What ferry routes are available between Spain and the UK and Ireland ?

With the vast array of cheap flights and budget airlines operating between Spain, Ireland and the UK, the ferry often gets overlooked. See The Local’s breakdown of the various options and routes here.

What ferry routes are available between Spain and the UK and Ireland ?
As a new “cruise-ferry” will be launched between Ireland and Spain in November, here’s a reminder of the ferries that operate between Spain, Ireland and the UK. (Photo by MYCHELE DANIAU / AFP)

As most people take advantage of the multitude of cheap flights that operate between Spain, Ireland and the UK every day, the ferry routes between them are often forgotten about, or considered old-fashioned.

In reality, there are still regular ferry routes between Spain and the UK and Ireland with plenty of people who prefer or need to travel by sea to and from Spain rather than by air.

The Local has had a look at the options and outlined them below:

UK to Spain

There are 3 ferry routes between England and Spain: 

  • Portsmouth – Santander  
  • Plymouth – Santander 
  • Portsmouth – Bilbao 

All three routes are operated by Brittany Ferries, and offer weekly crossings all year round.

Brittany Ferries map of routes between France, Spain, Ireland and England. Map: Brittany Ferries


Plymouth to Santander

The trip from Plymouth leaves to Santander in northern Spain takes around 21 hrs and 30 minutes on what is described as a ‘modern luxurious vessel’ with everything you’d need to pass the time on the 430 nautical mile journey. There are two crossings a week.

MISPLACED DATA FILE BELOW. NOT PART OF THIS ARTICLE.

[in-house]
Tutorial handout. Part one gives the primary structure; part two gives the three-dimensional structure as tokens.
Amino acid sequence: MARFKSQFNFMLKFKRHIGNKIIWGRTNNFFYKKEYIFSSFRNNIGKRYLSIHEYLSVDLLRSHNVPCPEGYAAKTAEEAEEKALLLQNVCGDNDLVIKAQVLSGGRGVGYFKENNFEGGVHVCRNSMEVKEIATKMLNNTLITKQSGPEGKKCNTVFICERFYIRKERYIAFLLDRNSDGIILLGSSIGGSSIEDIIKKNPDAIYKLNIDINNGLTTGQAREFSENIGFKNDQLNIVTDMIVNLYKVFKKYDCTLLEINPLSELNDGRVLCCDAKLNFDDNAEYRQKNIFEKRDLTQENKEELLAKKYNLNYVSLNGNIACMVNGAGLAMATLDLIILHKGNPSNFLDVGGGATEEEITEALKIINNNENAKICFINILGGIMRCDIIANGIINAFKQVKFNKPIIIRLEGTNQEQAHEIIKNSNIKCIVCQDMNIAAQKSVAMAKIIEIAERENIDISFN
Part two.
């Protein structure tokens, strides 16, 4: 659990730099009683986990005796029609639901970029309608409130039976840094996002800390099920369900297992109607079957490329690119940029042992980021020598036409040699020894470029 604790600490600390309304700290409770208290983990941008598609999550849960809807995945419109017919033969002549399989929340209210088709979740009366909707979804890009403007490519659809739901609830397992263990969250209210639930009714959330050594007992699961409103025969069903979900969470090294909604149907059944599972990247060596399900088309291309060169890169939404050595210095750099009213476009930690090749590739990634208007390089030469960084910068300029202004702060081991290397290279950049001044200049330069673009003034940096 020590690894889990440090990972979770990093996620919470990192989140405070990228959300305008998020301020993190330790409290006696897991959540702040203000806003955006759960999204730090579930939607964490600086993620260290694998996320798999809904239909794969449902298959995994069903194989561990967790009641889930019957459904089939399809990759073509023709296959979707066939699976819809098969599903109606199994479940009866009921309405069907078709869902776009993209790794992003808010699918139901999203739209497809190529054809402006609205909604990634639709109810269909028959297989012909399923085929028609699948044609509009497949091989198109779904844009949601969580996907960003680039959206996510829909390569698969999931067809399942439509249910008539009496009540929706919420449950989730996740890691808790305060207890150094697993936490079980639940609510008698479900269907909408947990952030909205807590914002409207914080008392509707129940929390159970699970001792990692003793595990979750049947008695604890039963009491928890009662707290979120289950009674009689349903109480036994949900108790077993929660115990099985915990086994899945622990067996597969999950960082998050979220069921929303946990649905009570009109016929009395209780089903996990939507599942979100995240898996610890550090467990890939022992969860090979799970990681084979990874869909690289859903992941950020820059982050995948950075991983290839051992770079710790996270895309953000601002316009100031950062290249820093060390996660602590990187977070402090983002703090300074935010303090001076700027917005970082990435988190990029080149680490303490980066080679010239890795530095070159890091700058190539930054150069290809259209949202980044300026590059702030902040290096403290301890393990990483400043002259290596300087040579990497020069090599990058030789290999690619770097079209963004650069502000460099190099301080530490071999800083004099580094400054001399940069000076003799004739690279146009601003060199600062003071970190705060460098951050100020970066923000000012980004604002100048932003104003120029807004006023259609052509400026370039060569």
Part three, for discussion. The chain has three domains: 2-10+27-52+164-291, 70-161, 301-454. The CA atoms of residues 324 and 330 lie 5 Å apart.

Portsmouth to Santander

The Portsmouth to Santander route takes anything from 24 hours to 32 hours, depending on the weather and the boat you’re on. The distance between Portsmouth and Santander is 532 nautical miles.

Portsmouth to Bilbao

The Portsmouth to Bilbao ferry leaves twice weekly throughout the year, and is a 555 nautical mile journey that takes either 24 hours or 32 hours, depending on the vessel.

READ MORE: UK’s first LNG-powered ferry launches route between Portsmouth and Bilbao

How much is the ferry from the UK to Spain?

Prices are very seasonal and vary largely depending on the time of the year you want to travel. Generally speaking, tickets between the UK to Spain are cheapest during autumn and winter but can double during the peak Summer season.

During the winter season, one-way voyages can cost £200 (roughly €240), but can rise to as high as £700 (€840), according to figures on Ferry Saver. 

Ireland – Spain

The only route from Ireland to Spain goes from Rosslare in southern Ireland to Bilbao and is a trip of 553 nautical miles. Crossings usually leave twice a week on the Connemara vessel and it takes around 30 hours under normal conditions with at least one night spent on board. One way tickets range from €223 to €468 each-way. 

In November 2022, Brittany Ferries will replace the Connemara with a new “cruise-ferry” called the Galicia which brings with plenty of perks for travellers.

It can carry 1,000 passengers, far more than the Connemara as this is mainly a freight vessel – and offers a wider array of entertainment and choice for passengers including onboard shopping, cabins with video on demand, playrooms and sundecks. Fares for the Galicia have not yet been announced. 

The introduction of Galicia on the Bilbao to Rosslare route is great news for Irish and Spanish travellers. Photo: Brittany Ferries

Taking your car

Cars can be boarded on all routes operated by Brittany Ferries between the UK and Spain or between Ireland and Spain. This is a very popular way to travel, so be sure to book your tickets well in advance.